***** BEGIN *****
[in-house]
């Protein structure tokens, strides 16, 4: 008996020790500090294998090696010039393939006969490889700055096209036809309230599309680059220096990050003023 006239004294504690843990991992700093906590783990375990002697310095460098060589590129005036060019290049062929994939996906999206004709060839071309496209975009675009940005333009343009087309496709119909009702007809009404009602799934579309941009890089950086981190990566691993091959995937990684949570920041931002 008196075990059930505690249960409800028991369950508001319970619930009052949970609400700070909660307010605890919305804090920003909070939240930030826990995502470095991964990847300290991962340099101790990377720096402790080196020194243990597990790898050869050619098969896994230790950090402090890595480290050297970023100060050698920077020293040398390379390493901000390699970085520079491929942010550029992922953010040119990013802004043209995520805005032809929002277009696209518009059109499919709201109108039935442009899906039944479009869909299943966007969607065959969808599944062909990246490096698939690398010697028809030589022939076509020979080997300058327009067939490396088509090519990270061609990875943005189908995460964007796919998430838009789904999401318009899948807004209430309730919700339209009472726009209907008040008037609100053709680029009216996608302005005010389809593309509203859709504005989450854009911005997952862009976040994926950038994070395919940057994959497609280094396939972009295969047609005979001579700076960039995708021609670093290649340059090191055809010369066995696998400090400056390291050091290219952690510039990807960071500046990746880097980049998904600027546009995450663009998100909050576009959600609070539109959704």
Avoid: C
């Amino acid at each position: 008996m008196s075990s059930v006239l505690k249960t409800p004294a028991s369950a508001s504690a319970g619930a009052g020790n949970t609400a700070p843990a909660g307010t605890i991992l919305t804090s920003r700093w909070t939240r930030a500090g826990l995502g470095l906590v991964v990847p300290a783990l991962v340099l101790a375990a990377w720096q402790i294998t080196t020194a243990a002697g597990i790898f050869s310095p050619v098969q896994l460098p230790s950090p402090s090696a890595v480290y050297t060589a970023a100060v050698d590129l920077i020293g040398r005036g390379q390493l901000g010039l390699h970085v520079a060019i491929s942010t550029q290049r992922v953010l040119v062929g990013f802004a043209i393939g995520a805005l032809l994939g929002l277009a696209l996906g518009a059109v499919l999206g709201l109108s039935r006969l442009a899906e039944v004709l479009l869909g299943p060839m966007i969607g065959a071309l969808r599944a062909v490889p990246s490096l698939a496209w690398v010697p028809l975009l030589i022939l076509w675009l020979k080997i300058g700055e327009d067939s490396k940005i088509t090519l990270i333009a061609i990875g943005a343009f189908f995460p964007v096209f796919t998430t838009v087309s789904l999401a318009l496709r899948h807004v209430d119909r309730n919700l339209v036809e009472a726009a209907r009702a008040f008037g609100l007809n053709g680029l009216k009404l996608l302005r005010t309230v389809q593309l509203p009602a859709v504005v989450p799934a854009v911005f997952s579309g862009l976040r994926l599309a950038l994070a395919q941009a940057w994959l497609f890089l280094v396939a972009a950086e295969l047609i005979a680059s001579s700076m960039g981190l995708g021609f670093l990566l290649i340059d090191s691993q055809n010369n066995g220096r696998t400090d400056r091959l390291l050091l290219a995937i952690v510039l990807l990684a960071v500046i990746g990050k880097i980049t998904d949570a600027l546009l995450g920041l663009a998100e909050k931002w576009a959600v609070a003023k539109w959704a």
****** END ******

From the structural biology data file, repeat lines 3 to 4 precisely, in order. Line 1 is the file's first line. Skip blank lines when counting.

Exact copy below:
Avoid: C
């Amino acid at each position: 008996m008196s075990s059930v006239l505690k249960t409800p004294a028991s369950a508001s504690a319970g619930a009052g020790n949970t609400a700070p843990a909660g307010t605890i991992l919305t804090s920003r700093w909070t939240r930030a500090g826990l995502g470095l906590v991964v990847p300290a783990l991962v340099l101790a375990a990377w720096q402790i294998t080196t020194a243990a002697g597990i790898f050869s310095p050619v098969q896994l460098p230790s950090p402090s090696a890595v480290y050297t060589a970023a100060v050698d590129l920077i020293g040398r005036g390379q390493l901000g010039l390699h970085v520079a060019i491929s942010t550029q290049r992922v953010l040119v062929g990013f802004a043209i393939g995520a805005l032809l994939g929002l277009a696209l996906g518009a059109v499919l999206g709201l109108s039935r006969l442009a899906e039944v004709l479009l869909g299943p060839m966007i969607g065959a071309l969808r599944a062909v490889p990246s490096l698939a496209w690398v010697p028809l975009l030589i022939l076509w675009l020979k080997i300058g700055e327009d067939s490396k940005i088509t090519l990270i333009a061609i990875g943005a343009f189908f995460p964007v096209f796919t998430t838009v087309s789904l999401a318009l496709r899948h807004v209430d119909r309730n919700l339209v036809e009472a726009a209907r009702a008040f008037g609100l007809n053709g680029l009216k009404l996608l302005r005010t309230v389809q593309l509203p009602a859709v504005v989450p799934a854009v911005f997952s579309g862009l976040r994926l599309a950038l994070a395919q941009a940057w994959l497609f890089l280094v396939a972009a950086e295969l047609i005979a680059s001579s700076m960039g981190l995708g021609f670093l990566l290649i340059d090191s691993q055809n010369n066995g220096r696998t400090d400056r091959l390291l050091l290219a995937i952690v510039l990807l990684a960071v500046i990746g990050k880097i980049t998904d949570a600027l546009l995450g920041l663009a998100e909050k931002w576009a959600v609070a003023k539109w959704a």